There’s one more little bit that bugs me about Frozen, and that’s the set pieces. I can’t quite put my finger on it, but they all feel like they’re on a smaller scale. The wolf chase, running away from Olaf-zilla (I know he’s called Marshmallow, but I prefer my name for him), Elsa’s fight with the soldiers, they’re all kind of mundane. I don’t feel the blood pumping through my veins at an ever increasing speed. Tangled has some really amazing action scenes, the part there Rapunzel and Flynn escape the soldiers, where the dam breaks and water comes flooding down, or the ending where Maximus leaps across the rooftops, racing away at breakneck speed. Now that’s action. Frozen just doesn’t have that.

Ok, that’s a lie, Frozen has one fantastic action scene, and that’s the ending. The entire scene is truly epic as Kristof races across the frozen fjord to get to Anna, with the ice cracking, and ships crashing all around, the camera swooping between our protagonists. The way the storm sweeps away as Elsa collapses in grief, thinking she killed Anna, it’s breath-taking. All of it leading up to Anna sacrificing herself to protect her sister. We see Anna’s last tiny breath leave her as she turns to ice. The entire scene is beautiful, filled with drama and heartbreak. (Where’s my bucket, I need to cry again.) It’s only slightly marred by the rather quick resolution, where Elsa figures out the magic cure, love. You were doing so well Disney.

All in all, Frozen has better performances, better songs, stronger themes, and a great pair of leads in Anna and Elsa. I admit that logically Frozen is the superior film, but I still prefer Tangled (Because when has logic ever had anything to do with love?). I went into Frozen wanting to love it, I feel I should love it, but I just don’t, not completely anyway. I have too many quibbles with the narrative for me to embrace this film wholeheartedly. The parts are so much greater than the whole here, but I think I’ve finally come to terms with that. I may not love Frozen, but I do really like it, and I will be watching it again without a doubt. I’ll just watch Tangled a bit more often.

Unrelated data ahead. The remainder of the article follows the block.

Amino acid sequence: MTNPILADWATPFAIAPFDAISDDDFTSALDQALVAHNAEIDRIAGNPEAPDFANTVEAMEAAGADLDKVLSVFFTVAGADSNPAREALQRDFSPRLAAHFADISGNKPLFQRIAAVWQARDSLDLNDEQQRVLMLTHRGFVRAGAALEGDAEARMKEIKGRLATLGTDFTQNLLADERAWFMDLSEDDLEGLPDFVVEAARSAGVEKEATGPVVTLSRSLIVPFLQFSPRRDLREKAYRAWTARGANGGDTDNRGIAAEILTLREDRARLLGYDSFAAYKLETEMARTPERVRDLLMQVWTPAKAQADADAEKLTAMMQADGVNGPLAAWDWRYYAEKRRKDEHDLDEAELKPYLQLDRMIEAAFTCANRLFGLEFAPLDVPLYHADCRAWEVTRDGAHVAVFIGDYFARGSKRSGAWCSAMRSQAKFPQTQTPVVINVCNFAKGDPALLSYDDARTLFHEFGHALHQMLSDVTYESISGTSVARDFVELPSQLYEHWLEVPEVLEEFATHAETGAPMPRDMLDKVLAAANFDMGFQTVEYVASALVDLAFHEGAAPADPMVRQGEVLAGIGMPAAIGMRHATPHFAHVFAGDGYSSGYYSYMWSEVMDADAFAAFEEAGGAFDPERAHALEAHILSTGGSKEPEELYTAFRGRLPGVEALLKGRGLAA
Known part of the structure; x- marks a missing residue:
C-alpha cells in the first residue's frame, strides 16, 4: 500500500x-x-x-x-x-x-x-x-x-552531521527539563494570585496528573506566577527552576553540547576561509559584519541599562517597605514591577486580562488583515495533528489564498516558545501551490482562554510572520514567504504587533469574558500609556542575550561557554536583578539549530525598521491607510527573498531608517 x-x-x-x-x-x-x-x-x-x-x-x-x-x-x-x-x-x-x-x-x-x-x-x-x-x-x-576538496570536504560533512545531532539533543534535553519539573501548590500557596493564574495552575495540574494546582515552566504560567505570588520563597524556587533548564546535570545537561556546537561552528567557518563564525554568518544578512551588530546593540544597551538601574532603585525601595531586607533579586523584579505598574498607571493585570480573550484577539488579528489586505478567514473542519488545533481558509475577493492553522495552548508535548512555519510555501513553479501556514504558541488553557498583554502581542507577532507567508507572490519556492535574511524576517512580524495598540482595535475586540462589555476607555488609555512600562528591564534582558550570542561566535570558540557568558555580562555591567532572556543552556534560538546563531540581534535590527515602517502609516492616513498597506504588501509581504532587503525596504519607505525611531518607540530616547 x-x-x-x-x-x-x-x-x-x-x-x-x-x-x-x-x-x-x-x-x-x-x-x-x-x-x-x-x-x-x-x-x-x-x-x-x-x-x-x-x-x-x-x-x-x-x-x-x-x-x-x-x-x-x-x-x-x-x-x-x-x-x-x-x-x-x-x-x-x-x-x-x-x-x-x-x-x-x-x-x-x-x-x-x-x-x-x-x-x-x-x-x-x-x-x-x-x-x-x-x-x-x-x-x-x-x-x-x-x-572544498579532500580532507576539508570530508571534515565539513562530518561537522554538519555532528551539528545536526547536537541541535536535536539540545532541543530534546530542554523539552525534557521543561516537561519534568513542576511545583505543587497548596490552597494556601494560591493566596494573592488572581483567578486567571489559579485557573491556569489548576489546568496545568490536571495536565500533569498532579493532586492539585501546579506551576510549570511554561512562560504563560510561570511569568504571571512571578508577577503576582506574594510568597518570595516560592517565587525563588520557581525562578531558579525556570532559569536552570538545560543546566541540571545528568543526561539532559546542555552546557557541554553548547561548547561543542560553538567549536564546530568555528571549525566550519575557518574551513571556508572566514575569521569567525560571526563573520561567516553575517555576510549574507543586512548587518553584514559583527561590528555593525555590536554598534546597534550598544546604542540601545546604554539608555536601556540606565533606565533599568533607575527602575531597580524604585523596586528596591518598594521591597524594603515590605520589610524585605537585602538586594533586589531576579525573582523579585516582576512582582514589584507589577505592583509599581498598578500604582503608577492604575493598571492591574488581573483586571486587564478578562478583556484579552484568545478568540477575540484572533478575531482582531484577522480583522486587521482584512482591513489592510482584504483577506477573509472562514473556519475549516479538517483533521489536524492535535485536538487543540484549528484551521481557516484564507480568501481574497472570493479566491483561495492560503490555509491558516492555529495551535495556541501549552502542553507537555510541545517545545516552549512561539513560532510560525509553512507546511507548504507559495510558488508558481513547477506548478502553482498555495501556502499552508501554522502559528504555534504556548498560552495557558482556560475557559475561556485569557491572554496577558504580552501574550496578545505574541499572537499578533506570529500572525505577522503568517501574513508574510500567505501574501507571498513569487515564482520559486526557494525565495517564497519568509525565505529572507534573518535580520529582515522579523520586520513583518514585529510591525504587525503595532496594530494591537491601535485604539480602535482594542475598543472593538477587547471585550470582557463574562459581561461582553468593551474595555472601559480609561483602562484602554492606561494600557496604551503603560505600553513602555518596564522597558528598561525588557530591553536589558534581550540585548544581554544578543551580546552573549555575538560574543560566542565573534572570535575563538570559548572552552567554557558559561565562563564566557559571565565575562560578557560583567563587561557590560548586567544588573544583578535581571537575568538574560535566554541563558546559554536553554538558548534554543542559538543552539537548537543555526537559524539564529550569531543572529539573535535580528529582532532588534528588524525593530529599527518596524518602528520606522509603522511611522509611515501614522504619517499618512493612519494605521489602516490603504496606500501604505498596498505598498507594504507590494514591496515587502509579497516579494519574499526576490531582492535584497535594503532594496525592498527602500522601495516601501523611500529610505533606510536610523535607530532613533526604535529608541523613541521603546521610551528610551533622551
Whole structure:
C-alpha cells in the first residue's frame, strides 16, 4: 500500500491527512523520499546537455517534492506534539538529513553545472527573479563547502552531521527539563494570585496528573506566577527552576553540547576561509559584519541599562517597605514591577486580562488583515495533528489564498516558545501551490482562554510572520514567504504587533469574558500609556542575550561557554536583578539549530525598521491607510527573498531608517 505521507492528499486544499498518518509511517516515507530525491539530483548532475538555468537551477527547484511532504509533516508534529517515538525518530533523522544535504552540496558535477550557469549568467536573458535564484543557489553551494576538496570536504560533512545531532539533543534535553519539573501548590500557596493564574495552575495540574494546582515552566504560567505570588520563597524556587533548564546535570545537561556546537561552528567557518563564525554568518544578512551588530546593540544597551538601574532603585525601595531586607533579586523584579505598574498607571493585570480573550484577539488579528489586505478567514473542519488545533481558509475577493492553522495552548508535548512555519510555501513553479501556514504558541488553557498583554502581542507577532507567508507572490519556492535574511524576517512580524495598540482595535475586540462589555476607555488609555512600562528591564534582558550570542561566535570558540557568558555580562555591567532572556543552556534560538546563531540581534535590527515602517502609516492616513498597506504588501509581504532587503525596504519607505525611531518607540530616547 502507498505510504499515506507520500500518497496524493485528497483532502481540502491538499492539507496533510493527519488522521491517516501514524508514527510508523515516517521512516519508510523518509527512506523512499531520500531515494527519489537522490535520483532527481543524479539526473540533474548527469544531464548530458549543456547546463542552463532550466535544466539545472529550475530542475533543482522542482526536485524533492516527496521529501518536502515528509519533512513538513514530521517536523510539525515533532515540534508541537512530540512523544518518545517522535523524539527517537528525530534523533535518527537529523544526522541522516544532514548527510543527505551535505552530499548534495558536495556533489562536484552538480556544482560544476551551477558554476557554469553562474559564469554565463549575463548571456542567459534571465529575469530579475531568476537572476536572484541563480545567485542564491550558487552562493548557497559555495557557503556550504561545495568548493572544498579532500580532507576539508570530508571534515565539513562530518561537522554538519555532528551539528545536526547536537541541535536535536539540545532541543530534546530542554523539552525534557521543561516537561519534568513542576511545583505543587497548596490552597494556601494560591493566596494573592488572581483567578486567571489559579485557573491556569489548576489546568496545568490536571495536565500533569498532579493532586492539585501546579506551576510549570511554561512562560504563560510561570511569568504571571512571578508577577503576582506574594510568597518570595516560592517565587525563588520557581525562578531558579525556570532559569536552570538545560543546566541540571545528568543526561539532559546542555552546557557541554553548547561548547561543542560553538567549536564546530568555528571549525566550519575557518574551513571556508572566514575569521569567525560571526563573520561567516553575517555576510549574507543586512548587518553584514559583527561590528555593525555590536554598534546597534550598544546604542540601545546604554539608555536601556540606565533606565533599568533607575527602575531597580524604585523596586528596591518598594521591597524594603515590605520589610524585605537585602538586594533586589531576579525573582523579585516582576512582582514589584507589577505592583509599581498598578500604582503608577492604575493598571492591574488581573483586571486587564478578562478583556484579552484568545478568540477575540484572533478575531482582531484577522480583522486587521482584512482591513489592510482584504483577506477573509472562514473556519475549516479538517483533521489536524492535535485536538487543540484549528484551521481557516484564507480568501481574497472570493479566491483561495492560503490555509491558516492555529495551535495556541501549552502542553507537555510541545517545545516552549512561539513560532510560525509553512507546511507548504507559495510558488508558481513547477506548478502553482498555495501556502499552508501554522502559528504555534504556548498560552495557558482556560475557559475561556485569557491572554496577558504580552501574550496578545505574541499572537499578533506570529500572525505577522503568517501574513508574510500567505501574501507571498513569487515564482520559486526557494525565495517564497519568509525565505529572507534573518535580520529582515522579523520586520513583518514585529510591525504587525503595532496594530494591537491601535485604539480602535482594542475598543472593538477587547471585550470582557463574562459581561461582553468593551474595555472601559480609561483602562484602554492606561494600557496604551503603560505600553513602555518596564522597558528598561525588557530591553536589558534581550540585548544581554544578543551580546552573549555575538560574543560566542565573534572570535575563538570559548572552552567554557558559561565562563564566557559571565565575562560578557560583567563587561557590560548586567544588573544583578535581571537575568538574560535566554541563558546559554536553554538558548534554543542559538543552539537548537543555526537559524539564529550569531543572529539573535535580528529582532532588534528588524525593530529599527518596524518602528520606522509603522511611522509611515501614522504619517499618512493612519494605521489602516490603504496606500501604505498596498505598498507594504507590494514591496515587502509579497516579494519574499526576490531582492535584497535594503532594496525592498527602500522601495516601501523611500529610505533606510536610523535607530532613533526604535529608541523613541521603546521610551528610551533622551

Chris Joynson, aka the Infallible Fish, is a writer, blogger and lover of animation living in Sheffield. The blog should update every Friday.

 

6 comments

  1. ospreyshire · December 8, 2019

    So that’s your first review, eh? I can certainly see the growth from this one compared to your more recent work. Frozen does look good from an animation department, but the hype really turned me off from it. I do think it’s good how you mentioned the various plot holes especially since it got overrated by so many people. I heard the sequel hasn’t been too great. One thing I do want to check out is that anime version of The Snow Queen that came out in the 00s even though it’s weird knowing the title character is played by the same voice actress responsible for Kenshin Himura.

    Liked by 1 person

    • neverarguewithafish · December 8, 2019

      I feel like I’ve come to terms with Frozen over the years. There are aspects of the film that I really love, like Anna and Elsa and what the story is trying to say, but this is one where you’re better off not listening to the hype before you watch it.

      I’m bracing myself for Frozen 2, I haven’t seen it yet but all my friends are saying it’s really good, to which my reaction is ‘yeah, but you said that last time too, and look what happened.’ Then again, it did get me to start this blog so who knows what Frozen 2 will do to me.

      Liked by 1 person

      • ospreyshire · December 8, 2019

        I see. I can see that argument when it came to the hype.

        Gotcha. I didn’t know if you saw that movie yet or not. I’ve heard some good things, but I’ve seen mixed to negative opinions more often than not. It could be one of those full circle things if you covered that movie on your blog.

        Liked by 1 person

  2. Pingback: Blogger Recognition Award | Never Argue with a Fish